27 Sep Did someone say 401k?
Contribute the Maximum to Your 401(k) or 403(b) Retirement Plans Some employers will allow you to catch up on contributions by increasing your deduction on your last paychecks of the year. If you are 50 or over, don’t forget that you can contribute an additional $5,500 “catch-up” contribution in addition to the regular 401(k) or 403(b) $17,500 limit for 2013.
Check the Balance in Your Flexible Spending Account. A wonderful fringe benefit, these helpful plans allow you to set aside a portion of your salary before taxes for certain purposes, such as child care or health care expenses. These plans did work on the “use it or lose it” concept: any amount unused at the end of the year was lost, however the Treasury and IRS modified the rule and now employees may be allowed to carry over $500 of unused amounts for next year’s expenses. Your employer may also offer the existing plan option to use unused amounts for up to two and half months following year end.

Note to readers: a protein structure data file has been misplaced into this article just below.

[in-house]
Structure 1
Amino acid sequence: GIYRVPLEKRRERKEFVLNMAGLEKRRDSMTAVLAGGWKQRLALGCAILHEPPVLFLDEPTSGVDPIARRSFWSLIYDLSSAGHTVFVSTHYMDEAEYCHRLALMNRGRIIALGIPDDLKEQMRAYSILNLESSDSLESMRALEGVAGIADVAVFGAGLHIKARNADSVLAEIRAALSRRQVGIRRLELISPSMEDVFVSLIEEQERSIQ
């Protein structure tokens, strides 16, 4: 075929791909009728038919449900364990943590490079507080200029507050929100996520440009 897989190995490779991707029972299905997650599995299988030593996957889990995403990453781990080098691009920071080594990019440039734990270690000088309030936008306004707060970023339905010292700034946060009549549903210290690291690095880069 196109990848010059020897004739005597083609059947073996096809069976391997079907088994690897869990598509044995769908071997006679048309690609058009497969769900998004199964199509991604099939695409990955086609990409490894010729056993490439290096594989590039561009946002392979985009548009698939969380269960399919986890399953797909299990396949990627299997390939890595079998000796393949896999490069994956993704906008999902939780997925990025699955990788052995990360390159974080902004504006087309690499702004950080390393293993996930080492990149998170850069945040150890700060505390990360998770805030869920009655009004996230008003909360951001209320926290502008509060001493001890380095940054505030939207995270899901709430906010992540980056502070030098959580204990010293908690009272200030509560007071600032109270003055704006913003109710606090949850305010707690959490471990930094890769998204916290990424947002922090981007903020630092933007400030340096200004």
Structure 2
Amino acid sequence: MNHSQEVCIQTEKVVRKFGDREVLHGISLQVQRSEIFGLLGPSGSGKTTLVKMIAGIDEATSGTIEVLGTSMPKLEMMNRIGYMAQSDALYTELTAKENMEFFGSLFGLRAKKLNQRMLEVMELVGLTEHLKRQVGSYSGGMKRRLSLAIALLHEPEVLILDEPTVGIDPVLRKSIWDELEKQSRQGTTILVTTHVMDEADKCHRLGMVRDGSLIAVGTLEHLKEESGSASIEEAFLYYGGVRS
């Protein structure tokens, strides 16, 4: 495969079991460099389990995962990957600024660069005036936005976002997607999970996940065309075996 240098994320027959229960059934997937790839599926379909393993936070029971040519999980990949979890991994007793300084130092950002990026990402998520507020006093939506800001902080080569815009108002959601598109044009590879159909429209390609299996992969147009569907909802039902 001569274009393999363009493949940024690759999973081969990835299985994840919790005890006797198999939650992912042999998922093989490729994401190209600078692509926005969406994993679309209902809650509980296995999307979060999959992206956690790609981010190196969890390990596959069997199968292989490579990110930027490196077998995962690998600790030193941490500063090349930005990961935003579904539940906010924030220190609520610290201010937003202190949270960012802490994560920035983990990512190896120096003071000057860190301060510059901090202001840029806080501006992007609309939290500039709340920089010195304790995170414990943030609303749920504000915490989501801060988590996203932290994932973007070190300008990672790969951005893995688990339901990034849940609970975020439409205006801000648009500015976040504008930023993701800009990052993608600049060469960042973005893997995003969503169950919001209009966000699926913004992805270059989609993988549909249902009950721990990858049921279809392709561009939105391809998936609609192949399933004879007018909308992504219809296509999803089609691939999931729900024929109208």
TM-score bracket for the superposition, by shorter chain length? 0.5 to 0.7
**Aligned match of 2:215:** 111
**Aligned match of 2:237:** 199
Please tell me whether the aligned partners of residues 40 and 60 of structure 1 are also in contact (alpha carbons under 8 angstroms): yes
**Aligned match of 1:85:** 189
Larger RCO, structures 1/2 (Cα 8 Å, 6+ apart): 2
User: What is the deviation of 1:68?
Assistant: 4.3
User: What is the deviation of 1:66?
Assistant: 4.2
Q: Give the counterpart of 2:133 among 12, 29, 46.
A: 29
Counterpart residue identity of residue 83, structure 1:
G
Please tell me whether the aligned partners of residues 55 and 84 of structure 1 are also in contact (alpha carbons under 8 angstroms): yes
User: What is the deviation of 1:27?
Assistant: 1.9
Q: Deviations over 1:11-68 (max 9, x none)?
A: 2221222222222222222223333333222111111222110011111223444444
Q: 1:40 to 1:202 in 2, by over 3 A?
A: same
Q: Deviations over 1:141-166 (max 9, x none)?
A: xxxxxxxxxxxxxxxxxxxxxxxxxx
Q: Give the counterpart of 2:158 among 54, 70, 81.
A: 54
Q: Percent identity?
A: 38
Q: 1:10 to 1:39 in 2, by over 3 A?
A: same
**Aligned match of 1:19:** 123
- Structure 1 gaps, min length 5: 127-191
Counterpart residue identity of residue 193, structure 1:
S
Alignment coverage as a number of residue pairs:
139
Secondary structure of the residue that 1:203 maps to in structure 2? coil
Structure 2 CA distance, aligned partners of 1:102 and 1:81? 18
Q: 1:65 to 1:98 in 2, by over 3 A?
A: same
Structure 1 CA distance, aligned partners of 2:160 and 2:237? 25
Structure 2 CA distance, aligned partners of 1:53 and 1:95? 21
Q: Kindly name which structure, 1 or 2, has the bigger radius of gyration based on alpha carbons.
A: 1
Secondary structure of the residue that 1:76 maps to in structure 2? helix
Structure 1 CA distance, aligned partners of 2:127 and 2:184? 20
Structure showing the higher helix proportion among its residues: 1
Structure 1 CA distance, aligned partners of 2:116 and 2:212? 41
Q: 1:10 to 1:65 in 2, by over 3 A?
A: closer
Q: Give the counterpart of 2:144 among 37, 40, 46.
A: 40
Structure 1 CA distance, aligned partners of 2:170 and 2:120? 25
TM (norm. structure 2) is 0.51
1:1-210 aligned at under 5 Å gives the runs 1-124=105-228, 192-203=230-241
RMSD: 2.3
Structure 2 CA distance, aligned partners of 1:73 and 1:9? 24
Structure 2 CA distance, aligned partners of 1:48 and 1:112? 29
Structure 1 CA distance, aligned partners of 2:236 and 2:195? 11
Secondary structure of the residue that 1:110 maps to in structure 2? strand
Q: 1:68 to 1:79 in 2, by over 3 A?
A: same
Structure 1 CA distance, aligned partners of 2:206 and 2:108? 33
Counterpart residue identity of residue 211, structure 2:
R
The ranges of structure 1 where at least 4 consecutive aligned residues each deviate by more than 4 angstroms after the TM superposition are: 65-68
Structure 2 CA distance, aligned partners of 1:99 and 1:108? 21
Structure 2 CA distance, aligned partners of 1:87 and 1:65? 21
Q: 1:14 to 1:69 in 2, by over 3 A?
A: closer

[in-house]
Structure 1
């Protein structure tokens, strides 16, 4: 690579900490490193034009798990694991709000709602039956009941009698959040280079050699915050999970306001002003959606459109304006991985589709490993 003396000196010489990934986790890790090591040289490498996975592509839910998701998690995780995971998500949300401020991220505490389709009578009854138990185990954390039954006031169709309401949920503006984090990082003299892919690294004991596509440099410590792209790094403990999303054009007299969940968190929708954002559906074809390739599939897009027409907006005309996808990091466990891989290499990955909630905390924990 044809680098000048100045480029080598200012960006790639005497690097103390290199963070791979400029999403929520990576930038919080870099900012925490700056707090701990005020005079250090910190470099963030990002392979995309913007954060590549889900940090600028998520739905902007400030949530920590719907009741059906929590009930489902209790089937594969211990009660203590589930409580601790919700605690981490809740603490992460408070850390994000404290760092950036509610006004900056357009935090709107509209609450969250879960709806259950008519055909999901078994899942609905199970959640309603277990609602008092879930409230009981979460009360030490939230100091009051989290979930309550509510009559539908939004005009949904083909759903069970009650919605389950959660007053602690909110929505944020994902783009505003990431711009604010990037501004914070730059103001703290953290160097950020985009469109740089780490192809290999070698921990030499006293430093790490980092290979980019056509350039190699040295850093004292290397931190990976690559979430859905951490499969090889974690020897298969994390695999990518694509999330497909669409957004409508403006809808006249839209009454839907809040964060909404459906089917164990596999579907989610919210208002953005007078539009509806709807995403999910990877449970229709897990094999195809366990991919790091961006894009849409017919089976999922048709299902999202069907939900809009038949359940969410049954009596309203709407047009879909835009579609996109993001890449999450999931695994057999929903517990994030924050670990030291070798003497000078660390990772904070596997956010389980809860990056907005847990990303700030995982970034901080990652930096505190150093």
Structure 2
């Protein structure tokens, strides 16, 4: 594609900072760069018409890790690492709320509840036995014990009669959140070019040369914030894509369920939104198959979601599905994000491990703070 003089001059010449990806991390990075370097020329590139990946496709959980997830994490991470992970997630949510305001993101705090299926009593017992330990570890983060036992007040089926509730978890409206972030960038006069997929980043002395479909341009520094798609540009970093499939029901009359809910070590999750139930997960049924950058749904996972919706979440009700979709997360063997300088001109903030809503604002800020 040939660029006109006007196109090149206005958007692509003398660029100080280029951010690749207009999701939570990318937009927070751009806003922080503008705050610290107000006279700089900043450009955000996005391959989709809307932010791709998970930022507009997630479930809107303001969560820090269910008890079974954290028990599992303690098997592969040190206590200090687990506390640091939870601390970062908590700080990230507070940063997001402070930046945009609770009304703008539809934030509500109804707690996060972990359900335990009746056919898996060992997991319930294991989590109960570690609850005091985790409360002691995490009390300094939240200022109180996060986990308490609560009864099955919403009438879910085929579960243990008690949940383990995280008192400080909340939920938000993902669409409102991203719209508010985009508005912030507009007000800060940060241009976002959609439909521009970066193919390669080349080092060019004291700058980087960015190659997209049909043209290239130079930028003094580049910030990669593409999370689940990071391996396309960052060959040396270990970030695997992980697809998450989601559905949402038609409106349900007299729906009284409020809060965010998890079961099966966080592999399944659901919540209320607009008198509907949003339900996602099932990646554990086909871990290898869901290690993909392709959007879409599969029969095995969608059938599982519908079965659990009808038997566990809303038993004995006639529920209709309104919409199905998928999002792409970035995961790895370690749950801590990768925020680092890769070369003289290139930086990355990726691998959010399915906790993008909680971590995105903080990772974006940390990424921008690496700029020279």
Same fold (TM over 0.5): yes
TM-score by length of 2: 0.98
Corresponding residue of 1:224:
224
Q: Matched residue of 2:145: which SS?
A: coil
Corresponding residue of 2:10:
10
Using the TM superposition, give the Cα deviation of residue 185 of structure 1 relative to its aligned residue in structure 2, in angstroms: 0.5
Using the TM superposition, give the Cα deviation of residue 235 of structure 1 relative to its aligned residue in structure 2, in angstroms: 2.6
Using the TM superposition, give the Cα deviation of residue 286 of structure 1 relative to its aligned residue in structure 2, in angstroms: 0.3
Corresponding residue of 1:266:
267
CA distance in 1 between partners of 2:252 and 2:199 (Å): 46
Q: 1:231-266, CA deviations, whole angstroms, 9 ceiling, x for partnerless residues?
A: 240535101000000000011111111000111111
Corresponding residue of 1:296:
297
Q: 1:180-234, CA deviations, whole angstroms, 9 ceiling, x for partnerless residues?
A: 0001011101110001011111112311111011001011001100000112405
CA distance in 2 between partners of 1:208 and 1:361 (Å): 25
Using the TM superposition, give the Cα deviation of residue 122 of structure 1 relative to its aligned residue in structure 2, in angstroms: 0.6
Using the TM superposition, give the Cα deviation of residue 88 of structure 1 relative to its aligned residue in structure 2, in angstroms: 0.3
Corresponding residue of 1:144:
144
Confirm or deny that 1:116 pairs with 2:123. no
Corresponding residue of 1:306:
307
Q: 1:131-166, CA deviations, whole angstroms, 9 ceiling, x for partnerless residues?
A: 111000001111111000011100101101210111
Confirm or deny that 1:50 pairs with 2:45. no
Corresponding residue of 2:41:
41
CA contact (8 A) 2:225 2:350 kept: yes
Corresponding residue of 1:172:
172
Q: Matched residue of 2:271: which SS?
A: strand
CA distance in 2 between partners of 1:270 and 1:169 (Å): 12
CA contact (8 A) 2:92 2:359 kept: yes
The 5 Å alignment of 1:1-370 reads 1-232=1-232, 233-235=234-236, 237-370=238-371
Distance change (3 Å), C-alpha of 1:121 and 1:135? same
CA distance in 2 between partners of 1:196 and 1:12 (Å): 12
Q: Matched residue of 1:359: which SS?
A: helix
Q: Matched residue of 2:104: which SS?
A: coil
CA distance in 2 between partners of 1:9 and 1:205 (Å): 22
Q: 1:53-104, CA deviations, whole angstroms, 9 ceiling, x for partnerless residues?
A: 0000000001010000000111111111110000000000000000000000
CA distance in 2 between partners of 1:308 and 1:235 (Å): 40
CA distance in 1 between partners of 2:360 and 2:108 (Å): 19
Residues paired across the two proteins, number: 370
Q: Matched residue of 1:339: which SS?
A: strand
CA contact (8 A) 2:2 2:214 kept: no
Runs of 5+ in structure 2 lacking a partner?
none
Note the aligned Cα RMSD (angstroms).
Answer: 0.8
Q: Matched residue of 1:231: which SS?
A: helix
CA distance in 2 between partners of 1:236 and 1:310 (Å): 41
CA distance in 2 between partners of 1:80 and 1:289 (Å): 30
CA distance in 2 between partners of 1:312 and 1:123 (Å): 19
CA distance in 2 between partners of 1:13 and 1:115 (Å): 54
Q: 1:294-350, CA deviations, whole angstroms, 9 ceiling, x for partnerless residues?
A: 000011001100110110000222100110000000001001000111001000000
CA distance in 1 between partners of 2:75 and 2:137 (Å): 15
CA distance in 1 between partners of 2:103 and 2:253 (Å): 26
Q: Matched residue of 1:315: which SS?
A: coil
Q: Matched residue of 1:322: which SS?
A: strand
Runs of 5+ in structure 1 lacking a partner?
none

Bunch your Medical Bills Medical expenses are only deductible when they exceed 10% of your adjusted gross income (still 7.5% if you are over 65). If your income is low this year or your medical expenses are high, speed up your deductions accordingly. If you want to take the deductions this year, pay any outstanding medical bills before year-end, stock up on prescriptions, get new glasses, and pay your health insurance premiums before the end of the year.
(provided by Intuit Turbo Tax)